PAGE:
Global health security is increasingly reliant on vigilance to provide early warning of transnational health threats. In theory, this approach requires that sentinels, based in communities most affected by new or reemerging infectious diseases, deliver timely alerts of incipient risk. Medicalizing global safety also implies there are particular forms of insecurity that must be remedied to preempt disease spread. I examine vigilance in the context of spreading drug-resistant malaria in Southeast Asian border zones and argue that to act as sentinels, marginal groups vulnerable to infection must be able to articulate what social and behavioral factors prompt proliferating disease risks.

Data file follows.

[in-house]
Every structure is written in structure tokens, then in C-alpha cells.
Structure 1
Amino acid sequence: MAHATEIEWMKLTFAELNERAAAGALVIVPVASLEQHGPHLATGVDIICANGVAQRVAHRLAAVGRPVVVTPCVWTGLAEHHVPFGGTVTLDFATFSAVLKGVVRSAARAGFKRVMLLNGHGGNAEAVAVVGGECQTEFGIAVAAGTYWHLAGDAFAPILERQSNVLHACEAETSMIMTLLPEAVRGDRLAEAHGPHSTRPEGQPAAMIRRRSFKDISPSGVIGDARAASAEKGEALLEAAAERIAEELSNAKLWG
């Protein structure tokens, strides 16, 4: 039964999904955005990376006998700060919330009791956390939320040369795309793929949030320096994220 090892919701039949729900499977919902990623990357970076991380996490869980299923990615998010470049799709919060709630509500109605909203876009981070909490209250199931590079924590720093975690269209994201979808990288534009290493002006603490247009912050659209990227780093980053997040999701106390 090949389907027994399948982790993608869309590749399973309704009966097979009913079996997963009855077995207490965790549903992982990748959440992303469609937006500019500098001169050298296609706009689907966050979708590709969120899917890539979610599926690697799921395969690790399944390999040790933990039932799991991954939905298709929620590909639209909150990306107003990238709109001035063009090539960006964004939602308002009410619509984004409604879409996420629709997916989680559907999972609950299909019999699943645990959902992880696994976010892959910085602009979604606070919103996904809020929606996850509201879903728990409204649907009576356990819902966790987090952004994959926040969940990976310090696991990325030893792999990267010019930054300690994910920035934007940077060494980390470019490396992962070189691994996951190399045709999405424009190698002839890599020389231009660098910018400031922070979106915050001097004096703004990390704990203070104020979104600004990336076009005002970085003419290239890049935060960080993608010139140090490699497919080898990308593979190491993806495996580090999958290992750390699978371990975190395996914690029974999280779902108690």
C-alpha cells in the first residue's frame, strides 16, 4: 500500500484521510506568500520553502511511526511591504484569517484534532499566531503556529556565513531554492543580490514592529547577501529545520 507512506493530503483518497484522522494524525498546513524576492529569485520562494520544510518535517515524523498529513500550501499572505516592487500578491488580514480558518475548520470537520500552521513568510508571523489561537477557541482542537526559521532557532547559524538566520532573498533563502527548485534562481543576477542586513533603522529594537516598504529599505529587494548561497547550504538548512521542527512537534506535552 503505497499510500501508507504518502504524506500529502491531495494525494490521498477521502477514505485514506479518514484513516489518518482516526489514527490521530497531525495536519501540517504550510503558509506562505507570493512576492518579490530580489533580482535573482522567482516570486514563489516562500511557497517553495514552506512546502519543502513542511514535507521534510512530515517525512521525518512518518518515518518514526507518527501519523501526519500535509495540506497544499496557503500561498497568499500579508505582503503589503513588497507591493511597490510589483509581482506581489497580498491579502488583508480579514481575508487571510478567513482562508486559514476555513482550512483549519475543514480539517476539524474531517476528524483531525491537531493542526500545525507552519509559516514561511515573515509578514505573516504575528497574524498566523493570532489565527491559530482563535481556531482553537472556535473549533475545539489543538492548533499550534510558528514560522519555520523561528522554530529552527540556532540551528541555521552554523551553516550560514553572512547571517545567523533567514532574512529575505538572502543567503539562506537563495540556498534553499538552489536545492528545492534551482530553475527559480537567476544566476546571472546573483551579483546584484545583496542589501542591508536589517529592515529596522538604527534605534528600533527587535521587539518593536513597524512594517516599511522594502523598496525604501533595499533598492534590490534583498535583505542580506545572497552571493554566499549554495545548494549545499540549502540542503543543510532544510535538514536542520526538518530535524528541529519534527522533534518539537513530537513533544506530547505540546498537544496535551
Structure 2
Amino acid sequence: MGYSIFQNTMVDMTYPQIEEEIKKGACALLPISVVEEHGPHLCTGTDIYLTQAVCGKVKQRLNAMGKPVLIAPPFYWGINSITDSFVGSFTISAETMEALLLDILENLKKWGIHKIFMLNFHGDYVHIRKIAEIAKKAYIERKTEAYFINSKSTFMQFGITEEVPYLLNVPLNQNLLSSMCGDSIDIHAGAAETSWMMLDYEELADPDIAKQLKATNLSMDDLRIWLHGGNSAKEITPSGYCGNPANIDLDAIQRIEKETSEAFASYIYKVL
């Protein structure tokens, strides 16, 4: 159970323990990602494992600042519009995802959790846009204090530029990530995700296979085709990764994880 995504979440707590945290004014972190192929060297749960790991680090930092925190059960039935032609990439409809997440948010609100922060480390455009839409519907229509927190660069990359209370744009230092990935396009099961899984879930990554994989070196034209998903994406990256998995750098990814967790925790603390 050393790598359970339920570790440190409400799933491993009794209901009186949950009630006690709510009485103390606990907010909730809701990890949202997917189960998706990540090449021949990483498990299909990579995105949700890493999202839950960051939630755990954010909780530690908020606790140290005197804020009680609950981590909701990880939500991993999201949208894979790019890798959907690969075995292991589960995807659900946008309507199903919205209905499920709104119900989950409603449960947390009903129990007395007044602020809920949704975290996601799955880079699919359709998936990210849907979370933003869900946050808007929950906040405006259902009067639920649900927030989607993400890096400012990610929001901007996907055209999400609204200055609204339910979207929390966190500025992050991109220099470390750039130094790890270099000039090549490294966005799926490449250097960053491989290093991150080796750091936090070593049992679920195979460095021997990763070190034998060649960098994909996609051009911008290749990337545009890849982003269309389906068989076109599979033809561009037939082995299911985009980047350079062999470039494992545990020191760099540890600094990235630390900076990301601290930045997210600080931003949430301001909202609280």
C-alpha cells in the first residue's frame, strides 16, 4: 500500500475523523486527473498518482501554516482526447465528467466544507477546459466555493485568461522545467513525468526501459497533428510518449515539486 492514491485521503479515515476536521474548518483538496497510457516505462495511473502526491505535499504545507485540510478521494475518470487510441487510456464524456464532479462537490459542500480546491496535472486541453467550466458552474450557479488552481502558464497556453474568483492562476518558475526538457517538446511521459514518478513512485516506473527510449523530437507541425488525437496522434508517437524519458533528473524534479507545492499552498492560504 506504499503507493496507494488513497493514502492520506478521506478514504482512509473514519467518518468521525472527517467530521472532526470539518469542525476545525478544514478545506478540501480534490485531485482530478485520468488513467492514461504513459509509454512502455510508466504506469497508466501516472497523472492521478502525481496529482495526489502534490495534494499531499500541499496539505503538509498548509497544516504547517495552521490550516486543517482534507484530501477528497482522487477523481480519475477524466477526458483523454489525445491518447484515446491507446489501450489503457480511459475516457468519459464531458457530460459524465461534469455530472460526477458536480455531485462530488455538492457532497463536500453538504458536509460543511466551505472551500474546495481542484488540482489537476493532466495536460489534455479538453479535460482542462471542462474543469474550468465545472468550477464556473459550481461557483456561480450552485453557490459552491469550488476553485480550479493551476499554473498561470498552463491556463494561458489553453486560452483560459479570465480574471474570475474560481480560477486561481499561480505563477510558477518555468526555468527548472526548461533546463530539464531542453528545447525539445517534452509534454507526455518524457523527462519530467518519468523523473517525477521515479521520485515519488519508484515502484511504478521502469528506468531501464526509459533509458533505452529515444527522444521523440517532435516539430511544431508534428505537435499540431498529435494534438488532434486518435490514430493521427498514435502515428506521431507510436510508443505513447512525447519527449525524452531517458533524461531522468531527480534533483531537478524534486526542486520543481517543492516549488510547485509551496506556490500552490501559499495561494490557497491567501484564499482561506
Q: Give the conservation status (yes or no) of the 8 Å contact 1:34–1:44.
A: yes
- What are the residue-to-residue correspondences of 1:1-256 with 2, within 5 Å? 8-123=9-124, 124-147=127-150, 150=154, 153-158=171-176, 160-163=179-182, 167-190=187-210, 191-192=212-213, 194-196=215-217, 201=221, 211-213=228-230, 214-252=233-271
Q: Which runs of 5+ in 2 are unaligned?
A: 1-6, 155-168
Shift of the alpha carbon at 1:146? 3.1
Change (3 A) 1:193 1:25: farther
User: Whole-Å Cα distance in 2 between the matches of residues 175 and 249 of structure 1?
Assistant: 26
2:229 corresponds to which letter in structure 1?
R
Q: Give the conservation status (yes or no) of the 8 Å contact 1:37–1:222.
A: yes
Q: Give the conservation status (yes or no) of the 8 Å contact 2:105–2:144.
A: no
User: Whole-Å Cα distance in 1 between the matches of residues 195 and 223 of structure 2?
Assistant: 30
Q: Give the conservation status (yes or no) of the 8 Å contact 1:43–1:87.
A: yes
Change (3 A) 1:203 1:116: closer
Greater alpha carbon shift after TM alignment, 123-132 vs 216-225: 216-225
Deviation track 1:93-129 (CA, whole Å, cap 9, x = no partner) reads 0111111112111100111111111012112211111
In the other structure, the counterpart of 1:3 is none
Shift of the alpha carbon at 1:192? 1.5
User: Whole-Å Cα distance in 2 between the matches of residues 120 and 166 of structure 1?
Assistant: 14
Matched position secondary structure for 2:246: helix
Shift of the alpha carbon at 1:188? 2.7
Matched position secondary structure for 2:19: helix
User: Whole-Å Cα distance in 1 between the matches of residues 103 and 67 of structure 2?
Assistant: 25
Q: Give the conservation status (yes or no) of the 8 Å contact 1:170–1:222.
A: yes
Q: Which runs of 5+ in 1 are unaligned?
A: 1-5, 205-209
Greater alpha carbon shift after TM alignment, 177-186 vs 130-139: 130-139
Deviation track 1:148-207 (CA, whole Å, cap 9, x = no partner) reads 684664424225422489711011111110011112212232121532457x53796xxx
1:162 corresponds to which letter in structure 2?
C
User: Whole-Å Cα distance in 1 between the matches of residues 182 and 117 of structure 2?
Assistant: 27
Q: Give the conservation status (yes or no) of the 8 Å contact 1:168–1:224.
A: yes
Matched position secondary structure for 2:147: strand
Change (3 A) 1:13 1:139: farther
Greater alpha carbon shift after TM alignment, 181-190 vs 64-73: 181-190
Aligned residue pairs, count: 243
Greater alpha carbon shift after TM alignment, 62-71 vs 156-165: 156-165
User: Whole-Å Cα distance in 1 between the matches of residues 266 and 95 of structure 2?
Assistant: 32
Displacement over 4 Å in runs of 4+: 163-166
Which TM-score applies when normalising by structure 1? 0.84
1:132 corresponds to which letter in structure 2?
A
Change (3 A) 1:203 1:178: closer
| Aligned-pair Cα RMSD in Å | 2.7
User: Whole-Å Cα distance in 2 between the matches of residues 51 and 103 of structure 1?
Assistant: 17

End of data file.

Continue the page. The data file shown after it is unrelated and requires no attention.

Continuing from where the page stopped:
|Number of pages||16|
|Journal||Medical Anthropology: Cross Cultural Studies in Health and Illness|
|Early online date||27 Feb 2018|
|Publication status||Published - 19 May 2018|
- Global health security
- Southeast Asia